Abu Simbel is located 280 km southwest of Aswan in a remote part of Lower Nubia. In 1290 B.C., Ramesses the Great carved two unique temples into the region’s rocks but neolithic rock drawings and tools found at Abu Simbel suggest that it was an important site as early as the prehistoric era. An earlier chapel to a local image of Horus also stood on the sight.
The temples were carved into bluffs of pinkish sandstone that rises steeply from the desert bordering the narrow floodplain of the Nile. The vast African desert stretches out behind the temples who face east to receive rays from the rising sun. It is still a mystery to archaeologists how the ancient Egyptians could have designed and built these miraculous structures. For instance, how did they know that they could dig 60 meters into the rock without encountering any faults in the stone?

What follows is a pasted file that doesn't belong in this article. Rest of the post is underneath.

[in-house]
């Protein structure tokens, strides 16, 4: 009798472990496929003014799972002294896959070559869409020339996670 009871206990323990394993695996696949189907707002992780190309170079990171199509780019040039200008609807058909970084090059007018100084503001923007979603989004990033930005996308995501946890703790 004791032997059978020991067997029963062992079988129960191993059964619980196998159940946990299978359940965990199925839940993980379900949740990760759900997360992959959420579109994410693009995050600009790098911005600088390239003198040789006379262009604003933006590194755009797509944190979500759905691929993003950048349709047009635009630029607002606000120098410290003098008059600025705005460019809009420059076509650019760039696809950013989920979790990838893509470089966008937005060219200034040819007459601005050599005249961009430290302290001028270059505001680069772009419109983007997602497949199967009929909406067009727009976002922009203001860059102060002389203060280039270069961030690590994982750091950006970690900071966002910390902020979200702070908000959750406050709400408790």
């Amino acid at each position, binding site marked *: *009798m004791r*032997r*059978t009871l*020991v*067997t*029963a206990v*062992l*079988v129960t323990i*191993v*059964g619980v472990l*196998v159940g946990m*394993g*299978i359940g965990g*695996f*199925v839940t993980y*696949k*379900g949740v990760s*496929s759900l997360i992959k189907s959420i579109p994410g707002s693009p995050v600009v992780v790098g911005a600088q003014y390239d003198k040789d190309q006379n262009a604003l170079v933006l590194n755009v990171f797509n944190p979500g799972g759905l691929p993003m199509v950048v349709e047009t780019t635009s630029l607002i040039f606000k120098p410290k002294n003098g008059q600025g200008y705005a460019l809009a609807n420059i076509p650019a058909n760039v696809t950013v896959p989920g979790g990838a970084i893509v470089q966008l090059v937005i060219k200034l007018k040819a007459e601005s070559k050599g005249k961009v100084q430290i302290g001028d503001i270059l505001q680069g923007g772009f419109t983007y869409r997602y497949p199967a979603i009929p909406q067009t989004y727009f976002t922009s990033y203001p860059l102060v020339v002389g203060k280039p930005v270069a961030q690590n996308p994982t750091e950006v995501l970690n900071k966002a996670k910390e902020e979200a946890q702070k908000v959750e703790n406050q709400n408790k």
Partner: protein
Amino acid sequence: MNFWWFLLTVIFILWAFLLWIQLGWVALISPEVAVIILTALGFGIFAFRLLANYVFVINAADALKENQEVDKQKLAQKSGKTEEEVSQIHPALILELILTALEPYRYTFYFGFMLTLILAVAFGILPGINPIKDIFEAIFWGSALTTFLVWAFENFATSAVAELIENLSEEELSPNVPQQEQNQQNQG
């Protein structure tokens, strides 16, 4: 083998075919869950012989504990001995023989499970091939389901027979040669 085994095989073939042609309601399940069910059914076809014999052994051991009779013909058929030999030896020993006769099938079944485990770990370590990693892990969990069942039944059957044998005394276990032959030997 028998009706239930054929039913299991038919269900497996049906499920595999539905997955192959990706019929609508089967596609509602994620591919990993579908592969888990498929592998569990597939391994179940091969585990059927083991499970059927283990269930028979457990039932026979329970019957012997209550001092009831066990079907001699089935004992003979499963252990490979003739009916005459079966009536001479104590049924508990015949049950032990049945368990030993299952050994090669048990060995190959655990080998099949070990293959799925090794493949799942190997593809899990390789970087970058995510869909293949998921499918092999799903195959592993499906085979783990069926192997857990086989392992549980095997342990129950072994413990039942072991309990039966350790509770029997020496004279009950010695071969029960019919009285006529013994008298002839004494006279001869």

The alignment of sacred structures with the rising or setting sun, or with the position of the sun at the solstices, was common throughout the ancient world, but the sanctuary of The Great Temple differs from these other sites in that the statue of the god Ptah, who stands among the others, is carefully positioned so that it is never illuminated at any time. As Ptah was associated with the Egyptian underworld, his image was kept in perpetual darkness.
This outstanding archaeological area contains such magnificent monuments as the Temples of Ramses II at Abu Simbel and the Sanctuary of Isis at Philae, which were saved from the rising waters of the Nile.